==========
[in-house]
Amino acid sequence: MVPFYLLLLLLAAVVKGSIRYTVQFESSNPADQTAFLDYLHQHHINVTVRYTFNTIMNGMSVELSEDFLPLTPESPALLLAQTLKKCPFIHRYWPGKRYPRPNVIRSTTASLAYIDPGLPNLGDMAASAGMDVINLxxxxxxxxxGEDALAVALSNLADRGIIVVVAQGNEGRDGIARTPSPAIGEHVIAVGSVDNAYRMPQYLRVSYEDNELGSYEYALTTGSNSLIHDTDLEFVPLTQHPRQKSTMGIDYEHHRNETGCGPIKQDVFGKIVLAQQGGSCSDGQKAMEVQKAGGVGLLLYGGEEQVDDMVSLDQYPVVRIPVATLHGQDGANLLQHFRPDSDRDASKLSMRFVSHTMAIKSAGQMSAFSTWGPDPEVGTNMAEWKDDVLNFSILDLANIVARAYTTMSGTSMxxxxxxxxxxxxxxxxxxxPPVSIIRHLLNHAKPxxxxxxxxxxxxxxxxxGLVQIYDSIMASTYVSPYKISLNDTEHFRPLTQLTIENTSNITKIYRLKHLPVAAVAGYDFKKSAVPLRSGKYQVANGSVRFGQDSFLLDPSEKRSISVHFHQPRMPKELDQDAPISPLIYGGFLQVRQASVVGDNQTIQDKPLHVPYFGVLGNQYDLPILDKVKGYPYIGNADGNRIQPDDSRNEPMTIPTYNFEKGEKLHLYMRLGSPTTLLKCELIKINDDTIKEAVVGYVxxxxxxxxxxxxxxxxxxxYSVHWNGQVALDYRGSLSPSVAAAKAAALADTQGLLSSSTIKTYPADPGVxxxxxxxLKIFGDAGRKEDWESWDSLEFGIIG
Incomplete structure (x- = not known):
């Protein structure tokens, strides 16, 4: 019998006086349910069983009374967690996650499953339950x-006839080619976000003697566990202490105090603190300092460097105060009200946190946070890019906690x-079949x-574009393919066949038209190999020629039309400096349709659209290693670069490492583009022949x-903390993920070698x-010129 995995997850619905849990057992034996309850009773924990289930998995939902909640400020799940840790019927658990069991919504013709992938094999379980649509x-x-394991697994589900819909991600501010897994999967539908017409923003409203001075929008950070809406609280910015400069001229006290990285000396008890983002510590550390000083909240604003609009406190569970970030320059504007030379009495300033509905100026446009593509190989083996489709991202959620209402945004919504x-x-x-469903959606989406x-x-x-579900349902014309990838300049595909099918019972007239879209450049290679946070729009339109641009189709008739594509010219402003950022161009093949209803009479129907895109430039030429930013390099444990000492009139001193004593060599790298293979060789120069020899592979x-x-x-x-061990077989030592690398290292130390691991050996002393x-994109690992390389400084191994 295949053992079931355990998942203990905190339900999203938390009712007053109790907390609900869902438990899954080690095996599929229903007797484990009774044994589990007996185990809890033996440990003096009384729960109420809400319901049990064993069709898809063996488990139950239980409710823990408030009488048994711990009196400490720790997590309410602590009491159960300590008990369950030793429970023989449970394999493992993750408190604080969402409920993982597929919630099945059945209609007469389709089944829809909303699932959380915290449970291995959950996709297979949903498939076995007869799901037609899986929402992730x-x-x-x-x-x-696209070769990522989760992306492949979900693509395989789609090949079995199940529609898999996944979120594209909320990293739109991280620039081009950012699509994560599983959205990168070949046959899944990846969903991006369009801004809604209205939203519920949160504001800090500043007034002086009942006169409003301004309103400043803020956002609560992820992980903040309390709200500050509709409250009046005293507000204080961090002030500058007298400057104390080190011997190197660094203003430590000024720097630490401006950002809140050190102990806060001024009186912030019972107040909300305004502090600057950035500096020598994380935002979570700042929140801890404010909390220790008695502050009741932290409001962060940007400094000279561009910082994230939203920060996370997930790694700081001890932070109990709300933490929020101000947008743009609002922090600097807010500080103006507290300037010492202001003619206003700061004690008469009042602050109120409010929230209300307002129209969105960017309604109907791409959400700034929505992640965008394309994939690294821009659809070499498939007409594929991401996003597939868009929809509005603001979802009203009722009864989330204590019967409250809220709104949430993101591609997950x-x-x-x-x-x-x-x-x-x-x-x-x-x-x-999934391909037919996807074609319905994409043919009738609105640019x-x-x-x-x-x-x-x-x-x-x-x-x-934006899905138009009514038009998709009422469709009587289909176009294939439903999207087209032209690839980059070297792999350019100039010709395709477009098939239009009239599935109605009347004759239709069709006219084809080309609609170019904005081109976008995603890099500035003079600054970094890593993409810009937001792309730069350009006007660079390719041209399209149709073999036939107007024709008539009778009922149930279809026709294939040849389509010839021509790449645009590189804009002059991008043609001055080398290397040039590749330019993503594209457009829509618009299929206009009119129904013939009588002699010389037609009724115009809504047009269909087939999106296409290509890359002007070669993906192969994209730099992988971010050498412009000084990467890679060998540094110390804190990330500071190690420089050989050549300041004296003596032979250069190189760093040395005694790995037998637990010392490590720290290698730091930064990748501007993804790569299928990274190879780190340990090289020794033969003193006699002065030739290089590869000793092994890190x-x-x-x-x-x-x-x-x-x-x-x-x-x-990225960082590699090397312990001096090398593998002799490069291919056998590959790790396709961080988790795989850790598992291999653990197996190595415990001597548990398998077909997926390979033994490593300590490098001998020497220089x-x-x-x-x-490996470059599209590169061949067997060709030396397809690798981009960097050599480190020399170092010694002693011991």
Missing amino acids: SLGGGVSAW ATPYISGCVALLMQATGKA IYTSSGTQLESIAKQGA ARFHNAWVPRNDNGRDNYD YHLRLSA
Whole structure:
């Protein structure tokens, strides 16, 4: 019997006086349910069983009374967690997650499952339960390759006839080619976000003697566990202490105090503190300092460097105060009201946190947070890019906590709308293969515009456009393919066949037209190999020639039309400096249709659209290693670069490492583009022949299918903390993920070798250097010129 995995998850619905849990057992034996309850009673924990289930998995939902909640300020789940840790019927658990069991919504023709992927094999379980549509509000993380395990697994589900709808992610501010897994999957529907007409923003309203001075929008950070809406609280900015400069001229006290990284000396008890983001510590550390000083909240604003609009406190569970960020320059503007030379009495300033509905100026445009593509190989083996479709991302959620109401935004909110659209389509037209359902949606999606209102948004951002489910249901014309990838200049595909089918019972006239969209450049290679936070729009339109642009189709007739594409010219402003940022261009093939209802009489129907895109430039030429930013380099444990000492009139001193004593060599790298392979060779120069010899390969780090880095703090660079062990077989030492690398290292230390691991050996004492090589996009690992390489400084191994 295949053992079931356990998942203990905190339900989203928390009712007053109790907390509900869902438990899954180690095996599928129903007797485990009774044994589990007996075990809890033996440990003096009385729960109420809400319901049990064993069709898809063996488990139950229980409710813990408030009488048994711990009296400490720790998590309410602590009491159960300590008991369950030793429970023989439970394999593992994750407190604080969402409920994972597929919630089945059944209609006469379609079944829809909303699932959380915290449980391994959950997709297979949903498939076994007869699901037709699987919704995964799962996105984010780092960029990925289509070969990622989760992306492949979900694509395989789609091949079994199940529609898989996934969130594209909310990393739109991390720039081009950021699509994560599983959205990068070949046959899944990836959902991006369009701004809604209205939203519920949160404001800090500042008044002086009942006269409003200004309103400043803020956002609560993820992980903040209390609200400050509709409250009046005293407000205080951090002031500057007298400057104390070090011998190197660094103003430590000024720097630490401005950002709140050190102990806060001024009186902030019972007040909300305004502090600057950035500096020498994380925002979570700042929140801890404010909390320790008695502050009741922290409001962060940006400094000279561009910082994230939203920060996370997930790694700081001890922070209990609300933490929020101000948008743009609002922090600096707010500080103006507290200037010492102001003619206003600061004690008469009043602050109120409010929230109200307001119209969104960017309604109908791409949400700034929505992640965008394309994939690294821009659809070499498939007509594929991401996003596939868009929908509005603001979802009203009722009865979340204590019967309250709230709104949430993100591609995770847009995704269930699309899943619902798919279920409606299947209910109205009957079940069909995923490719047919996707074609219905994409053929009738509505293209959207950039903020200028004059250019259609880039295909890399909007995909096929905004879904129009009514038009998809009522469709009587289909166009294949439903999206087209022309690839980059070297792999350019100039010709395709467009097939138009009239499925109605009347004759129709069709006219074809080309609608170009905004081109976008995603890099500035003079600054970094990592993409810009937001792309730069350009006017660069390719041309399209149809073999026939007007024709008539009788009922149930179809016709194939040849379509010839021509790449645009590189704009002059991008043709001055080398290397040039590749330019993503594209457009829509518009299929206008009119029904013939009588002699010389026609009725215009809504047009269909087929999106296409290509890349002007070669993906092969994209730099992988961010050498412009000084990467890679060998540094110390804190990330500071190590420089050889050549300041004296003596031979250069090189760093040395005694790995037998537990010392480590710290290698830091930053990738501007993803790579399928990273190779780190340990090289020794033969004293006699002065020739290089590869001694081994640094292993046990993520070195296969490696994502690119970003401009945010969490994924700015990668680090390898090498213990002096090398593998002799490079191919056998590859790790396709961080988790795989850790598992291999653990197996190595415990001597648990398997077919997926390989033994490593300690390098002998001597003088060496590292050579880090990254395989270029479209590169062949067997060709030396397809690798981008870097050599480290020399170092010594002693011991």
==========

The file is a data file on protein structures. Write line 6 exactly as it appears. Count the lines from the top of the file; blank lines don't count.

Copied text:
Whole structure: